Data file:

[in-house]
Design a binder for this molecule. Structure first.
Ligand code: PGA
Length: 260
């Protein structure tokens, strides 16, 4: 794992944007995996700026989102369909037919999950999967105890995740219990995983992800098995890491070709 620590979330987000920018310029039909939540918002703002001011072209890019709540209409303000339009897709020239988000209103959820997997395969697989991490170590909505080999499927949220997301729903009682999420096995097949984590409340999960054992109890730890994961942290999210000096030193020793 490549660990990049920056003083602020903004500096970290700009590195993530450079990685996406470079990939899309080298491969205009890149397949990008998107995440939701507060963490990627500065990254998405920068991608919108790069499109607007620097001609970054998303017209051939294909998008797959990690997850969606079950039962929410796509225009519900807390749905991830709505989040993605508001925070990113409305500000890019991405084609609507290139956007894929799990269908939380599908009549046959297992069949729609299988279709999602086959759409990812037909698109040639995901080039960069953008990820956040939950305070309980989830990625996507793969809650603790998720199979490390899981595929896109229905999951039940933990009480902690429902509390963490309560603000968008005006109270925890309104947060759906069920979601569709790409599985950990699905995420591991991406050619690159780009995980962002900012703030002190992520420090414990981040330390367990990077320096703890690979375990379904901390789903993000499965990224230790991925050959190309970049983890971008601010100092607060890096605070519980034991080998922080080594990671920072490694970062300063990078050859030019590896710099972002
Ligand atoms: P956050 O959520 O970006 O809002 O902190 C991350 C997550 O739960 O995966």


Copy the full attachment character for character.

[in-house]
Design a binder for this molecule. Structure first.
Ligand code: PGA
Length: 260
């Protein structure tokens, strides 16, 4: 794992944007995996700026989102369909037919999950999967105890995740219990995983992800098995890491070709 620590979330987000920018310029039909939540918002703002001011072209890019709540209409303000339009897709020239988000209103959820997997395969697989991490170590909505080999499927949220997301729903009682999420096995097949984590409340999960054992109890730890994961942290999210000096030193020793 490549660990990049920056003083602020903004500096970290700009590195993530450079990685996406470079990939899309080298491969205009890149397949990008998107995440939701507060963490990627500065990254998405920068991608919108790069499109607007620097001609970054998303017209051939294909998008797959990690997850969606079950039962929410796509225009519900807390749905991830709505989040993605508001925070990113409305500000890019991405084609609507290139956007894929799990269908939380599908009549046959297992069949729609299988279709999602086959759409990812037909698109040639995901080039960069953008990820956040939950305070309980989830990625996507793969809650603790998720199979490390899981595929896109229905999951039940933990009480902690429902509390963490309560603000968008005006109270925890309104947060759906069920979601569709790409599985950990699905995420591991991406050619690159780009995980962002900012703030002190992520420090414990981040330390367990990077320096703890690979375990379904901390789903993000499965990224230790991925050959190309970049983890971008601010100092607060890096605070519980034991080998922080080594990671920072490694970062300063990078050859030019590896710099972002
Ligand atoms: P956050 O959520 O970006 O809002 O902190 C991350 C997550 O739960 O995966």